|Beef and mushroom stew with Schmaltz dumplings|
I added mushrooms and onion and used Schmaltz instead of beef suet... so here goes! Hope you enjoy!
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There’s nothing like a hearty, wholesome winter braise to warm up those chilly evenings. So on Sunday I took the opportunity to use a free afternoon and pack it in with hours of cooking. The ingredients presented to us in this week’s challenge immediately made me think of British cooking, so I was inspired to make dumplings and add them in during the last half hour of braising, when the vegetables and meat were so tender they started falling apart and my apartment was filled with enticing aromas. It’s the perfect dish for entertaining as you can spend time with your guests while your dinner cooks away in the oven. You can also make it the day before and simply heat it up over a stove top before serving.
Beef shin and mushroom stew:
500g beef shin
flour for dusting
1 brown onion, finely chopped (additional fresh ingredient 1)
1 medium-large carrot, finely chopped
celery stalks, finely chopped
1 large potato, diced into 1cm squares
1 knorr beef stock pot
1 PnP star anise
2 to 3 teaspoons PnP white wine vinegar
3 to 4 teaspoons brown sugar
1 punnet brown or portabellini mushrooms, cut into quarters (additional fresh ingredient 2)
salt and pepper for seasoning
Preheat oven to 160 degrees Celsius.
Coat the beef shin in flour and brown in a little olive oil in an oven-proof dish (cast-iron pot) over medium-high heat. Remove meat and set aside on a plate.
To make your Mirepoix, make sure the ratios of your onion, carrot and celery are 2:1:1 respectively. Fry mirepoix over medium heat in the same cast-iron pot adding more olive oil if needed. Add diced potato. Add Knorr stock pot to 1 cup of boiling water to loosen and add this to the pot. Place beef shin back into the pot. Add 1 star anise, 2 teaspoons of vinegar, 3 teaspoons of brown sugar and stir. Add in mushrooms and season with salt and pepper. Add enough boiling water to just cover the vegetables and meat (another 2 cups). You don’t want to add too much initially, but remember the pot will cook in the oven for 4 hours. If you need to add more at a later stage you can.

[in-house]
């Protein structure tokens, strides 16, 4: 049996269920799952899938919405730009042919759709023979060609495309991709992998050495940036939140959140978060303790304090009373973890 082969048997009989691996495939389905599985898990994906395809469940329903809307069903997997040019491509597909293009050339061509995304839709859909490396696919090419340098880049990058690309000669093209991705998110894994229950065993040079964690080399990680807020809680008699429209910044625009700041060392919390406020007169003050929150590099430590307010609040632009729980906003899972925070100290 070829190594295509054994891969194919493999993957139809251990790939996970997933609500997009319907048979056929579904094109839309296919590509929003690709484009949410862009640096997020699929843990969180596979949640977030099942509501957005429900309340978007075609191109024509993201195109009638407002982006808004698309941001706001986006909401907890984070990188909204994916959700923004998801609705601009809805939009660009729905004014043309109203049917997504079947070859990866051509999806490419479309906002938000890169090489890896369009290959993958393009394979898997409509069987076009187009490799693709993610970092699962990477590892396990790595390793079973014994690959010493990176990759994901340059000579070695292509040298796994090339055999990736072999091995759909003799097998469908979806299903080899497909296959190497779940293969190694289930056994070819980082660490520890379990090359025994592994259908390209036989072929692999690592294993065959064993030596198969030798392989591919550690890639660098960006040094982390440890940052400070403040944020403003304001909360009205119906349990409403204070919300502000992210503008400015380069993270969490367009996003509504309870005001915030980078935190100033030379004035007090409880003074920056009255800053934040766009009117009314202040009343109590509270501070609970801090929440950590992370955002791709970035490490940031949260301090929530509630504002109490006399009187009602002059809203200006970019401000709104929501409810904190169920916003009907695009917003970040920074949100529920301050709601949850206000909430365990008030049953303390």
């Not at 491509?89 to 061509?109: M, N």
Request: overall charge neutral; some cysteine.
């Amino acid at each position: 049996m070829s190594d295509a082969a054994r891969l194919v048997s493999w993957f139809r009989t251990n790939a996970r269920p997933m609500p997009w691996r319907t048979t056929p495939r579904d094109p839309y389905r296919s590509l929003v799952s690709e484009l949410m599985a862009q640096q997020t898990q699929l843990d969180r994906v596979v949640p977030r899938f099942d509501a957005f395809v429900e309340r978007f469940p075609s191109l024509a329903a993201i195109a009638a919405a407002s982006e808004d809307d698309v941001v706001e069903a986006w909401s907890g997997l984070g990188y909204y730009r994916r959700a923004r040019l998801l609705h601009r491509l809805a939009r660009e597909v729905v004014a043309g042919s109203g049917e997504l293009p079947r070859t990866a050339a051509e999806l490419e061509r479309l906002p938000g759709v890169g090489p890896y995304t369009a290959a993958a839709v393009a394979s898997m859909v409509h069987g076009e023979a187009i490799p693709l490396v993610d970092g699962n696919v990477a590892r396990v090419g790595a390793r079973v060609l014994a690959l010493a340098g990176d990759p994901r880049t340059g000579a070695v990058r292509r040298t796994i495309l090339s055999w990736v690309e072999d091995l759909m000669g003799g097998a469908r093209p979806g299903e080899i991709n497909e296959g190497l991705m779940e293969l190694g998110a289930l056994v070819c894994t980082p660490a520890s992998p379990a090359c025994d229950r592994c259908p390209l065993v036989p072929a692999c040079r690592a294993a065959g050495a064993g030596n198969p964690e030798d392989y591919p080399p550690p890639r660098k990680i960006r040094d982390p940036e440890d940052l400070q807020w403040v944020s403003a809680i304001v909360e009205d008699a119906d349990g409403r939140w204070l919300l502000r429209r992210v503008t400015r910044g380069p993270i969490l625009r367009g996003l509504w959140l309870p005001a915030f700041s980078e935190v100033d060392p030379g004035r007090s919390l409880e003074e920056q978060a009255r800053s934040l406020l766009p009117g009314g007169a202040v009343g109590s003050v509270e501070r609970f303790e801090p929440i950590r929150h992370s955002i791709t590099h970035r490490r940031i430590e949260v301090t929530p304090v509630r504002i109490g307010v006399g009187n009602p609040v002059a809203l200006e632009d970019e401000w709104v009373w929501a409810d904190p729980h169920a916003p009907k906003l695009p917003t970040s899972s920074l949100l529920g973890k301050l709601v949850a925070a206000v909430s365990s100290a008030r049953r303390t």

Place pot in the oven and cook for 1 hour. Remove star anise.
Return to the oven, and braise for a further 2 hours, stirring every half an hour.
After 3 hours in the oven adjust the flavour. You may want to add 1 more teaspoon of vinegar and brown sugar. The acidity from the vinegar works nicely with the mushrooms and the beef.
1 teaspoon baking powder
60g beef suet or vegetable shortening (Schmaltz)
2 Tablespoons of water
Once the beef braise has been in the oven for 3 hours, start making the dumplings. I struggled to find beef suet (beef fat), so instead I replaced it with vegetable shortening (Schmaltz) – as my one additional grocery item – to make the dumplings. Using your hands, combine flour, baking powder and Schmaltz in a bowl until crumbly. Add 2 tablespoons of cold water and form dough into a ball. Set aside to rest for 15 to 20 minutes.
Divide the dough into 4 golf-ball size pieces. Add the dumplings to the braise and cook in the oven for a further 20 to 30 minutes, until you are happy with the texture and they have turned a golden brown colour.
Remove from oven. Garnish with celery leaves and serve four portions.